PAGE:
One of the things I like most about music festivals are the opportunities for discovery. At the sixth annual Ink’s Middle of the Map Fest, nearly 10 dozen artists and bands will perform, and I’ve not seen or heard more than half of them. Deciding whom to see can be a daunting task. Sometimes it’s most rewarding to take a chance on someone you’ve never seen or heard, but a little bit of guidance can be a help. Here are some of my recommendations. Go forth and explore.
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Cold War Kids
They’re a rock band from California, but their rock is infused with heavy doses of soul and blues. Cold War Kids have been at it since 2004. They’ve withstood several personnel changes, but two co-founders remain: multi-instrumentalist Nathan Willett, whose lead vocals define the band’s sound; and bassist Matt Maust.
As the lineup changed, so did the band’s focus and sound. Ten years after their breakthrough “Robbers & Cowards” album, Cold War Kids sound refocused, evidenced by “Hold My Home,” released in 2014 and the band’s strongest album in years.
Cold War Kids perform Friday at Crossroads KC.
Manchester Orchestra broke through in 2009 with “Mean Everything to Nothing,” which generated widespread praise for its primal and dynamic blend of punk and indie rock.
Andy Hull is both the eye and the hurricane in MO’s storm, and he turns their live shows into fits of thunder and fury interrupted by spells of calm. Highly recommended for fans of loud, brawny rock.
Manchester Orchestra performs Saturday at Crossroads KC.
We first met Aimee Mann through ’Til Tuesday, the Boston band that popped onto the charts and into heavy MTV rotation with the new-wave/pop tune “Voices Carry.” After two follow-up albums performed badly, ’Til Tuesday folded and Mann pursued a solo career.
Her first two solo albums generated positive reviews, especially “I’m With Stupid,” released in 1995. Her breakthrough came in 2000, with the soundtrack to the film “Magnolia,” which included her Oscar-nominated single “Save Me.” That album spurred interest in the critically acclaimed “Bachelor No. 2,” which she self-released and sold only online, until it got a conventional release and distribution.
Mann has released eight solo albums, including her most recent, “Charmer,” and has earned a reputation as a personable and entertaining live performer.
Aimee Mann performs Saturday at the Arvest Bank Theatre at the Midland.
Vince Staples is a 22-year-old rapper from Long Beach, Calif., with a discography that comprises three mixtapes, an EP and a full-length, “Summertime ‘06,” that received high praise when it was released in June. Pitchfork rated “Summertime” as the 10th best album of the year. XXL called it one of the best rap debuts of 2016.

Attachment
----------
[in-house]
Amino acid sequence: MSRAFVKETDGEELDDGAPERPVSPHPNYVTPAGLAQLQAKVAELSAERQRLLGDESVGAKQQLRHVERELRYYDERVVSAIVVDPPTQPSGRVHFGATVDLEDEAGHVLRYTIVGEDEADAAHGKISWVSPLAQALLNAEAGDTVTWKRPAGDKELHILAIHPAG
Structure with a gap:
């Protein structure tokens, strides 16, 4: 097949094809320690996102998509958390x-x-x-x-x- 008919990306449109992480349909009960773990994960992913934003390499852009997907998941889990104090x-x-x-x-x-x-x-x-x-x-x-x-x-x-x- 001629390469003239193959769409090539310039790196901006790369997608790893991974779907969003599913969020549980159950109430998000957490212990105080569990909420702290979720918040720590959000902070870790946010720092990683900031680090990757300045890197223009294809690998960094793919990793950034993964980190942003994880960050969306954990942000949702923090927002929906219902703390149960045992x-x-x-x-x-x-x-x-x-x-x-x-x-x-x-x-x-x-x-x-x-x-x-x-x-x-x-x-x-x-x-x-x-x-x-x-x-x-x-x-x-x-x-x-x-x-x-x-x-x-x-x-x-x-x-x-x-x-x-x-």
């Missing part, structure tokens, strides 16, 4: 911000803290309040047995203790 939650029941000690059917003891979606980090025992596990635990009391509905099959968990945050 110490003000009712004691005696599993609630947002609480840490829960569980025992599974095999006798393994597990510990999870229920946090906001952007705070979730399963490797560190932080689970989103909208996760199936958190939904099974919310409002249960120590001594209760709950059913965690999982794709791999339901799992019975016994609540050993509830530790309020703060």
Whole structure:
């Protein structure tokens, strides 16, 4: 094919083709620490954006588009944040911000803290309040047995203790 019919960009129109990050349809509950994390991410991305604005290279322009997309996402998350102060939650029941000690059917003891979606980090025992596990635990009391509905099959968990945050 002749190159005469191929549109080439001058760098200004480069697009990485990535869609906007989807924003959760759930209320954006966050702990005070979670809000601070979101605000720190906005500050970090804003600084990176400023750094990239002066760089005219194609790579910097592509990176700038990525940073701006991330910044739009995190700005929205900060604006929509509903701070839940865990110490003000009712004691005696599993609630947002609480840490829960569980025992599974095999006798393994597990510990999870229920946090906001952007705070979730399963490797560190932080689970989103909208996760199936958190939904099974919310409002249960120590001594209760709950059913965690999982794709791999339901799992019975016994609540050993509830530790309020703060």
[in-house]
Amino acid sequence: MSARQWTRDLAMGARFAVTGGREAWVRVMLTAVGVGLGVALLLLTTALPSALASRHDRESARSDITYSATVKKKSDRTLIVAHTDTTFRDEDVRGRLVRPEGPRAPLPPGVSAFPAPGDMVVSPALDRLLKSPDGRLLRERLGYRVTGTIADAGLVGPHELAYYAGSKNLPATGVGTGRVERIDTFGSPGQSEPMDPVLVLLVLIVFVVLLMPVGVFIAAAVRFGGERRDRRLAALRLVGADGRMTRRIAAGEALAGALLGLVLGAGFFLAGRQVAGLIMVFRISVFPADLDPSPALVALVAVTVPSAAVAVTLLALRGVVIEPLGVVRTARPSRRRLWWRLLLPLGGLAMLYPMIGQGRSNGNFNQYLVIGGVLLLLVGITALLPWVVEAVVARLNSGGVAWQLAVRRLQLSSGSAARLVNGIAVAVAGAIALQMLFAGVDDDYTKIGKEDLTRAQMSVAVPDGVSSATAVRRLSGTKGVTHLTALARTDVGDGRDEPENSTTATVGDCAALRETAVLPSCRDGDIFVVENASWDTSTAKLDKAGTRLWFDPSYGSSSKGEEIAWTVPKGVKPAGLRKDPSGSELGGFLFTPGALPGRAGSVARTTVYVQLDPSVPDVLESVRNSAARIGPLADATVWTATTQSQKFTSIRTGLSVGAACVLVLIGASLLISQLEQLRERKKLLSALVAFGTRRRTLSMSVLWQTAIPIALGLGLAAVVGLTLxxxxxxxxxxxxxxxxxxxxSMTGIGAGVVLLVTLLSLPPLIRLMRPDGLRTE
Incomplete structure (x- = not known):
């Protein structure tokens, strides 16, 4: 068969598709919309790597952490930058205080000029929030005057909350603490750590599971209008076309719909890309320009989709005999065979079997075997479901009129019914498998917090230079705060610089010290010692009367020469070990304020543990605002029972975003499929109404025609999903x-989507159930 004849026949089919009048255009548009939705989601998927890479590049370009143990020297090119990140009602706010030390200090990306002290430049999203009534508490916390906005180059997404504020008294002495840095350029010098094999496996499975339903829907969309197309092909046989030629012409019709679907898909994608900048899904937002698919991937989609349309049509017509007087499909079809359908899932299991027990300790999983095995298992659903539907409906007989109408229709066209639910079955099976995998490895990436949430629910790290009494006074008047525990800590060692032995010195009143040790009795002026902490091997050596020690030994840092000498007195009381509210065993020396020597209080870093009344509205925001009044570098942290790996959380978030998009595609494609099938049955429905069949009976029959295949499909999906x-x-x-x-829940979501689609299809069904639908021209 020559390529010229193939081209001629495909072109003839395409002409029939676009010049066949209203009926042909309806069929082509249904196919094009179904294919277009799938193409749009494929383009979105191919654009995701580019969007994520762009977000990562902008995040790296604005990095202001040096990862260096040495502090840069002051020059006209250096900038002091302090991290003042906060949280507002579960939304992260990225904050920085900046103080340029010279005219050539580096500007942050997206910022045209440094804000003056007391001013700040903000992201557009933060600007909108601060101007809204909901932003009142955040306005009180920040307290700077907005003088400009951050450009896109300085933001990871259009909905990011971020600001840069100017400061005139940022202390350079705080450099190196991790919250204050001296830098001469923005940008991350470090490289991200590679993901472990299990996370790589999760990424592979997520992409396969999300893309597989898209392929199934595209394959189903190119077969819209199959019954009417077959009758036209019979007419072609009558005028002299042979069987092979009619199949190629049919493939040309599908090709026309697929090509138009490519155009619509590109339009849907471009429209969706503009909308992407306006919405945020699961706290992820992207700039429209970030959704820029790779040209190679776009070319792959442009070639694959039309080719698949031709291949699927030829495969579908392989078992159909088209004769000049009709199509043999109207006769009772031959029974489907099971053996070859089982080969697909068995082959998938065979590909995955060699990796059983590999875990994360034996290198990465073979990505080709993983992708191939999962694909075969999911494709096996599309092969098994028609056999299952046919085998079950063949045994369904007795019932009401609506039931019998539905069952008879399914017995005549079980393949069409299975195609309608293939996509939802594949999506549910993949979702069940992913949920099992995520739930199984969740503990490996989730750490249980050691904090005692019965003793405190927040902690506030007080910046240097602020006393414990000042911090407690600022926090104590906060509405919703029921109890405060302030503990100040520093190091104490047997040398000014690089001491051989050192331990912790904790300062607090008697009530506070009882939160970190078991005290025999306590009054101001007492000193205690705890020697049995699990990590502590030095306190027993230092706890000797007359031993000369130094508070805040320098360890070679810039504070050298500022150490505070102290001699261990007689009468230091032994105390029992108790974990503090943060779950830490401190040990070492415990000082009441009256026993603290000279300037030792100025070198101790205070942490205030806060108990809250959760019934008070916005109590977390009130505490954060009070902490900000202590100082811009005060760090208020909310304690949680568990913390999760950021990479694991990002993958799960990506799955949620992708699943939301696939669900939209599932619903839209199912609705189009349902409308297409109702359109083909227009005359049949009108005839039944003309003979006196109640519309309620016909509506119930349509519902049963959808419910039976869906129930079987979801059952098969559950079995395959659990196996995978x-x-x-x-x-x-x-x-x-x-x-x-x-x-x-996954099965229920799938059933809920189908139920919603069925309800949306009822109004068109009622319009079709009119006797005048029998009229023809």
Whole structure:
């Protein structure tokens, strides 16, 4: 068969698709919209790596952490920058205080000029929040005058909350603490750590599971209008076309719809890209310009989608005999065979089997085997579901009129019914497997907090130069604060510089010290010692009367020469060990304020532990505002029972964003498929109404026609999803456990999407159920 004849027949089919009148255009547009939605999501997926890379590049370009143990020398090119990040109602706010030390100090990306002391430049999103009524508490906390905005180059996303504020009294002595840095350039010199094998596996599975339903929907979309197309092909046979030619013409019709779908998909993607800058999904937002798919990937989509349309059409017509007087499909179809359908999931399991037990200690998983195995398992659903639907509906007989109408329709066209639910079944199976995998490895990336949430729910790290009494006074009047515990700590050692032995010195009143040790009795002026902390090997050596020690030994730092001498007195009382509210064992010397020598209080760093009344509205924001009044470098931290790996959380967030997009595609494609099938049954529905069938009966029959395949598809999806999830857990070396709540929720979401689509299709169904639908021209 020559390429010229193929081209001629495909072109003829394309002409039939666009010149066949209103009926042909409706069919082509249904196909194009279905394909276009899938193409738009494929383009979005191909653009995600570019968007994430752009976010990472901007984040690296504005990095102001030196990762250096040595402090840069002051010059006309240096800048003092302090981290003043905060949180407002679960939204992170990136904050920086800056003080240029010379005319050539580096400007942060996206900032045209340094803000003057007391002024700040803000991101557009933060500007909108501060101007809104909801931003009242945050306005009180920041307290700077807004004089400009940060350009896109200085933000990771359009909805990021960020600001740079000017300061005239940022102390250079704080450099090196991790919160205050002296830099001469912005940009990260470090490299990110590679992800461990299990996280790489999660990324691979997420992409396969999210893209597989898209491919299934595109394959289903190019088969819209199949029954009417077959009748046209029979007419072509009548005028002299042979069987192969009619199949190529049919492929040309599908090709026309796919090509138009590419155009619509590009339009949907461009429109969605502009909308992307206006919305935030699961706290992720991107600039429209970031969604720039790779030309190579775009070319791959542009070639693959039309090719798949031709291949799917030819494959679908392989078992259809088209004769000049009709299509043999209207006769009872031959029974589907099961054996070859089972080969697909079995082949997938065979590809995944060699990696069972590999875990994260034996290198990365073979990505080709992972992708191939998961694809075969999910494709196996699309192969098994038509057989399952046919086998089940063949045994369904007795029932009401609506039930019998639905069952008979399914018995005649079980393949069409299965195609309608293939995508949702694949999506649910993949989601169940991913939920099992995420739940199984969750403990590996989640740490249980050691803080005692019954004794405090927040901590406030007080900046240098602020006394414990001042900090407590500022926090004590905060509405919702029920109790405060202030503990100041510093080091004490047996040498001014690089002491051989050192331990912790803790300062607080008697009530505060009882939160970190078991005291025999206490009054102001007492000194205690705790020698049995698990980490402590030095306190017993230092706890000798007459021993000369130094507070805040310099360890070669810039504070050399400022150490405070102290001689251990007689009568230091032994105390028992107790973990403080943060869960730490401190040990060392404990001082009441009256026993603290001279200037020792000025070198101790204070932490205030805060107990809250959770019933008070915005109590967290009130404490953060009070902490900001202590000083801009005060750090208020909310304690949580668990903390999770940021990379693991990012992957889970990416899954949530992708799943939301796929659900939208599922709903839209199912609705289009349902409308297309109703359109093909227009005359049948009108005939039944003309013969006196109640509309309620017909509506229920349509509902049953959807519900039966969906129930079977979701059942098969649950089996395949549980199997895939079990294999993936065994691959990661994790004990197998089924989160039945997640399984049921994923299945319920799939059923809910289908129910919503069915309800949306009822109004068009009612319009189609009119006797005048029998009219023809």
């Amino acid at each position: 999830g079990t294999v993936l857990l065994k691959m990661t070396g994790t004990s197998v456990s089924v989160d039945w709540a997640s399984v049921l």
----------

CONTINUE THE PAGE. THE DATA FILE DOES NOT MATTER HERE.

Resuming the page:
“Vince Staples’ first full-length for Def Jam is brilliant,” wrote Pitchfork. “The Long Beach rapper expresses complex ideas in plain, hard sentences, ones that can be handed to you like a pamphlet. His rapping is conversational, but these are conversations you have when all optimism has burned away.”
His live shows have a good reputation, too. From a review at Consequences of Sound: “The 22-year-old takes advantage of his physicality when he needs to, spitting off a few extra verses in places where his peers would already be gasping for breath. He’s wise beyond his years in some respects, though cocky enough to use that wisdom as a weapon when he wants to.”
Vince Staples performs Friday at the Arvest Bank Theatre at the Midland.
When it came time to make music for Bassh, their new side project, Jimmy Brown and CJ Hardee of the North Carolina band Matrimony went to Nashville to get some help from a well-known producer: Bill Reynolds, bassist for Band of Horses, who has done studio work for the Avett Brothers, Lissie and Sea Stars.
Last year the three got together in Reynolds’ Fleetwood Shack Studio in Nashville and started recording. One of the tracks they produced is “Body,” available on SoundCloud and YouTube. The song bears some BoH traits: It’s a breezy, melodic guitar-centric indie-rock anthem with a big singalong chorus — catchy and instantly accessible.
“An insidious pop treat, ‘Body’ is an excellent introduction to Bassh,” wrote Bruce Warren in a “Songs We Love” blog at NPR.com.
The band recently signed to Antler Records, an independent label in Los Angeles. Bassh expects to release its debut recording this year.
Bassh performs Saturday at Crossroads KC.
The Struts have only one full-length album in their discography. It’s called “Everybody Wants,” which is fitting considering how much in demand the band from Derbyshire, England, has been since the album’s release. Not many bands can say they’ve opened for the Rolling Stones (in Paris, no less) and Mötley Crüe in the same year.
“Everybody Wants” is a collection of songs that bristles with melody, grooves and attitude. It’s a blend of glam rock, pop metal and punk — hard, brash and catchy all at once.
The band is fronted by lead singer Luke Spiller, a guy with rock-star looks and a cock-of-the-block walk. Song titles reflect the group’s point of view, songs like “Dirty Sexy Money,” “Let’s Make This Happen Tonight” and “Kiss This.”
The band has drawn widespread comparisons, from Queen and the Kaiser Chiefs to Oasis and Catfish and the Bottlemen — an indication of both the diversity and accessibility of its sound.
The Struts perform Friday at Crossroads KC.
They’re from Austin, Texas, and at this year’s South By Southwest Music Conference in Austin, I saw the Rocketboys perform among other Middle of the Map bands at the Midcoast Takeover, hosted by the Shangri-La.
They favor sparse, midtempo anthems and groovy ballads - extra-textural music landscapes built around keyboards and guitars. Lyrics often go beyond trite explorations of love, romance and heartache and delve into deeper themes. Their sound compiles several influences, starting with Death Cab for Cutie and Band of Horses, but they also apply more mainstream traits of bands like Coldplay and Travis.